MIDDLEBURY, Vt.-When Annelise Joseph, a junior at Middlebury College, arrived on campus from her native Trinidad two years ago, she was nervous. "I was very dependent on my parents," said Joseph, who was pleased to be matched up with a local host family by Middlebury. Joseph's fears decreased as an orientation program for international students familiarized her with the College. She also received helpful advice from her host family, whose home continues to serve as a refuge from campus where she can relax and even just watch TV.
Similar feelings of anxiety are not uncommon among international students, a group that totaled 582,996 people last year according to NAFSA, a Washington, D.C.-based association of international educators.
Three years ago, to ease the transition to college for its international students, Middlebury began offering new orientation and host family programs. The four-day orientation program, which will take place August 28-31, immediately precedes the regular orientation for all new students. It also offers international students everything from a hearty greeting at midnight, should they arrive late at the Burlington, Vt., airport, to information sessions about visa status, taxes, student employment and other issues.
"International students represent at least 10 percent of Middlebury's student body, which is roughly 2,350 students. These students are a significant portion of each class and they have unique questions and issues pertaining to them. This year there are 72 students from 44 countries in an incoming class of 582," said Tracy Himmel Isham, interim international student adviser and organizer of the program.
On the first day of orientation, international students arrive in Middlebury after many hours?and sometimes days?of travel that can often include jet lag, homesickness and hours of coping with customs and immigration authorities in large chaotic airports. The College sets up a welcome center on campus that is open from 11 a.m. until midnight, or, as the student orientation material promises, "until the last traveler arrives." Students spend their second day completing paperwork and meeting other students, faculty and staff. On the third day, students have time to enjoy the Vermont landscape off campus and to continue making new friends. In the evening, there is a dinner where students are encouraged to dress in festive clothing from their home countries.
Reflecting on her own experience as a new student, Jasmine Johnson, a junior at Middlebury who is from the Malaysian capital of Kuala Lumpur, recalled, "It's just nice to have people available who are concerned about you and whether or not you're having any difficulties as you settle into new surroundings. I wasn't used to so many people smiling at me and asking how I was doing." This year, Johnson will participate in the orientation program again, but as a program assistant. Students who serve in this position welcome the international students and answer many of their questions.
Student Paul Otieno, who is from Kenya, arrived at Middlebury College in August 2001, exhausted from a two-day journey and the lengthy touch-and-go process of applying for a visa to the U.S. from Kenya, where the bombing of the U.S. embassy earlier that year had led to major delays in the visa application process. Now a junior, Otieno works in the dean of students' office assisting with the orientation program for international students. "It's very helpful to have an orientation before all the other new students arrive. Once they come, the pace on campus speeds up. Also, when they get here, some students feel anxious, but when they see the program assistants-many of whom are international students like themselves-as upperclassman who are confident and successful here, they know that everything will be fine," said Otieno.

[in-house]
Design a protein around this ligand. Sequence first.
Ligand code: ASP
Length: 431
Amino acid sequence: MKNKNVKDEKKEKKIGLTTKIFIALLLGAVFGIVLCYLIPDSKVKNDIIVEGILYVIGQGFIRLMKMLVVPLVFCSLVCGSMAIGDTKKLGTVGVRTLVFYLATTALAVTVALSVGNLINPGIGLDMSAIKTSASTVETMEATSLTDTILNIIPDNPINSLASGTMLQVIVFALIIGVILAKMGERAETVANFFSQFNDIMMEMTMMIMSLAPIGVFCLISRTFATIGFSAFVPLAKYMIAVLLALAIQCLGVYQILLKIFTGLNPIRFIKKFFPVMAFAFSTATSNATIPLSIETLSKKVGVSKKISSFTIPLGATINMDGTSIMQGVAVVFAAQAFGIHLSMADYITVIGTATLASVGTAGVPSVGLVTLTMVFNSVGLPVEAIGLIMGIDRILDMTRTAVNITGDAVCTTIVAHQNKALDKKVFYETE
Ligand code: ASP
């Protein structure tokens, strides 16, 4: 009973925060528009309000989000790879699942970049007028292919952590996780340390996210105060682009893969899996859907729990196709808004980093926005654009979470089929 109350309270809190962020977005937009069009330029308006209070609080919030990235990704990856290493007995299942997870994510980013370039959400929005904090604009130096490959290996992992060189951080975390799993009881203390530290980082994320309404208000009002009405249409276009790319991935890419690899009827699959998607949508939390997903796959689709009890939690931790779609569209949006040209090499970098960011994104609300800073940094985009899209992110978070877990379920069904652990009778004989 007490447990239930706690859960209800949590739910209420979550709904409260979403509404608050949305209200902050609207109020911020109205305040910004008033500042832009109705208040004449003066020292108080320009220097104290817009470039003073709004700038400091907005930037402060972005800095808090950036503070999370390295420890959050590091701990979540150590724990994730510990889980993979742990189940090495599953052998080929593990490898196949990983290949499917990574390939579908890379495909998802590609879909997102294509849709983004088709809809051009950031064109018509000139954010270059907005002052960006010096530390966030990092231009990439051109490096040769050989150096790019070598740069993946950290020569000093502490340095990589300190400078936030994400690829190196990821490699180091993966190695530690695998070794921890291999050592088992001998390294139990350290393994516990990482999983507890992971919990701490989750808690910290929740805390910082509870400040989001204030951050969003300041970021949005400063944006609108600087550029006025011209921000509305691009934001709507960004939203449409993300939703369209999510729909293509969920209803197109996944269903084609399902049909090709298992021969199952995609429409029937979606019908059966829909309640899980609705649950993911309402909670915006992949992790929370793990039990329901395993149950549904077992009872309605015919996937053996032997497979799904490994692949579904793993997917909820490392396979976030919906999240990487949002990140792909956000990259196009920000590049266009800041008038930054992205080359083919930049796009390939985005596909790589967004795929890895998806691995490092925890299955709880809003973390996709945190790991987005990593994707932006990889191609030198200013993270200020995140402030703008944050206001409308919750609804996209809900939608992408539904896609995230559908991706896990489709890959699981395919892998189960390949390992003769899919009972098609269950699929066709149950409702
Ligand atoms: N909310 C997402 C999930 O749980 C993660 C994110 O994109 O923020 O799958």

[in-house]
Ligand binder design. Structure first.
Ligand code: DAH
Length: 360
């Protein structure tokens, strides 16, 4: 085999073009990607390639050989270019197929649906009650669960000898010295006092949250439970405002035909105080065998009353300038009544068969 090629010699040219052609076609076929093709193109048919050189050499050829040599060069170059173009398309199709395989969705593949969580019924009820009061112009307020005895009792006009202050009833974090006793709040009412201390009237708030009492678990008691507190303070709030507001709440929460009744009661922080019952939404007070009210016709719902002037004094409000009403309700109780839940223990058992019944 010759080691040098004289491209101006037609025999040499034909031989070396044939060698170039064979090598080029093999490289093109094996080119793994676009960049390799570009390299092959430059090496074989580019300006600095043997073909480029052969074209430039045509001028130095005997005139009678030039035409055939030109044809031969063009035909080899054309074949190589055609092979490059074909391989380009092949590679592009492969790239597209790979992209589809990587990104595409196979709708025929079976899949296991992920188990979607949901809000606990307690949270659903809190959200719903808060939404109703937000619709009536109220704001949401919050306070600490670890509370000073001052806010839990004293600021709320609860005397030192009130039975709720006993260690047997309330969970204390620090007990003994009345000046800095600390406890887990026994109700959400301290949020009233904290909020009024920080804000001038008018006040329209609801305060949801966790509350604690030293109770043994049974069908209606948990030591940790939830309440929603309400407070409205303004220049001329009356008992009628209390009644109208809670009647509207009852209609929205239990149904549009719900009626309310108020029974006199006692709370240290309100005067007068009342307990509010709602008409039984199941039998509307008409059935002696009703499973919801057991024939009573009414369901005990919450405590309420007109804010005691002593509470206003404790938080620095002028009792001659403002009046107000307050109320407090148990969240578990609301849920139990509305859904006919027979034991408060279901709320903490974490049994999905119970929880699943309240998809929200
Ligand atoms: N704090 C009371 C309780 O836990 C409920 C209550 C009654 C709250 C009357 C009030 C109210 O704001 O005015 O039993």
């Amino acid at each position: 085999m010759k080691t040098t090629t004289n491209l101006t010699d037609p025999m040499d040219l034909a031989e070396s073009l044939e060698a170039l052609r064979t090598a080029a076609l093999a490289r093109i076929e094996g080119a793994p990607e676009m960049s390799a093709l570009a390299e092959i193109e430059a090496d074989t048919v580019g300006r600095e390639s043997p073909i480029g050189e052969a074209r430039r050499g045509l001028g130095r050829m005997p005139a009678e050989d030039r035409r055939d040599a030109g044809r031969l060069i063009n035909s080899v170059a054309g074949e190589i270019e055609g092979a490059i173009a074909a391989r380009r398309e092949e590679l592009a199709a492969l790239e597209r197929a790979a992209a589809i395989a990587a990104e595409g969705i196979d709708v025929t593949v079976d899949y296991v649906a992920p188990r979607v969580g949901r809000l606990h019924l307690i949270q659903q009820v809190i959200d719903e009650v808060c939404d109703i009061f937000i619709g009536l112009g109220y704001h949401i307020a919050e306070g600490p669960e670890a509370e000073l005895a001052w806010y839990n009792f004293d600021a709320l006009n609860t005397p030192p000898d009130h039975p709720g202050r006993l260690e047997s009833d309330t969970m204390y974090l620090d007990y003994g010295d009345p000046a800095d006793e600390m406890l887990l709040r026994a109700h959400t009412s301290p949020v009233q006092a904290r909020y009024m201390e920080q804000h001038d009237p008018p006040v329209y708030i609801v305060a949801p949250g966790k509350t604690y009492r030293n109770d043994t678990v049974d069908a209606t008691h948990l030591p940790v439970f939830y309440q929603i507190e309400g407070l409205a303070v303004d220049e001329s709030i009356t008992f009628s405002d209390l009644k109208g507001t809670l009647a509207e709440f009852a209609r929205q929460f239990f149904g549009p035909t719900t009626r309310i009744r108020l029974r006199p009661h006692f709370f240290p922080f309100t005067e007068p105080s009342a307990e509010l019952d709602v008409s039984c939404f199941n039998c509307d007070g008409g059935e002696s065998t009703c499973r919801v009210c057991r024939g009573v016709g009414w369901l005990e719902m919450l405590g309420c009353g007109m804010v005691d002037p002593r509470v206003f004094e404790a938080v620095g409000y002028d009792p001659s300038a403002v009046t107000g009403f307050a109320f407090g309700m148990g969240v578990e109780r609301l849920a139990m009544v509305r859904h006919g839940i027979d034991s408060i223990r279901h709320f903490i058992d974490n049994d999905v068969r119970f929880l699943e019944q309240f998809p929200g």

This year for the first time, all international students must supply information to the Student and Exchange Visitor Information System or SEVIS, the U.S. government's information system for tracking international students. The program took effect on Jan. 30 this year, when all educational institutions that host international students were required to begin using it.
The majority of the orientation activities for international students will end by August 31, but informal meetings on such topics as Middlebury's honor code and judicial process, and cultural diversity and assimilation will take place in September and October.
Middlebury will continue to offer additional support to its international students throughout the year. An annual "closet drive," held in early October, allows community members, fellow Middlebury students, faculty and staff to donate items, such as warm clothing and blankets, to international students who may not be prepared for Vermont's cold winter weather. Host families continue to interact with their students all year round as well. The Middlebury College International Students' Organization (ISO) holds events throughout the academic year, from an annual culture show and an academic symposium to social activities. The ISO also provides a handbook that is mailed to all new international students the summer before they arrive on campus with advice that includes a reminder to reserve a flight to Burlington, Vt.-not Burlington, Iowa, as one student once did.
Dates and Facts Regarding the 2003-2004 Academic Year at Middlebury College:
International students orientation: Aug. 28-31
Fall orientation for all first-year students: Aug. 31-Sept. 7
Fall term classes begin: Sept. 8
Size of the class of 2007: 582
Number of international students in the class of 2007: 72 (approximately 12 percent of the class)
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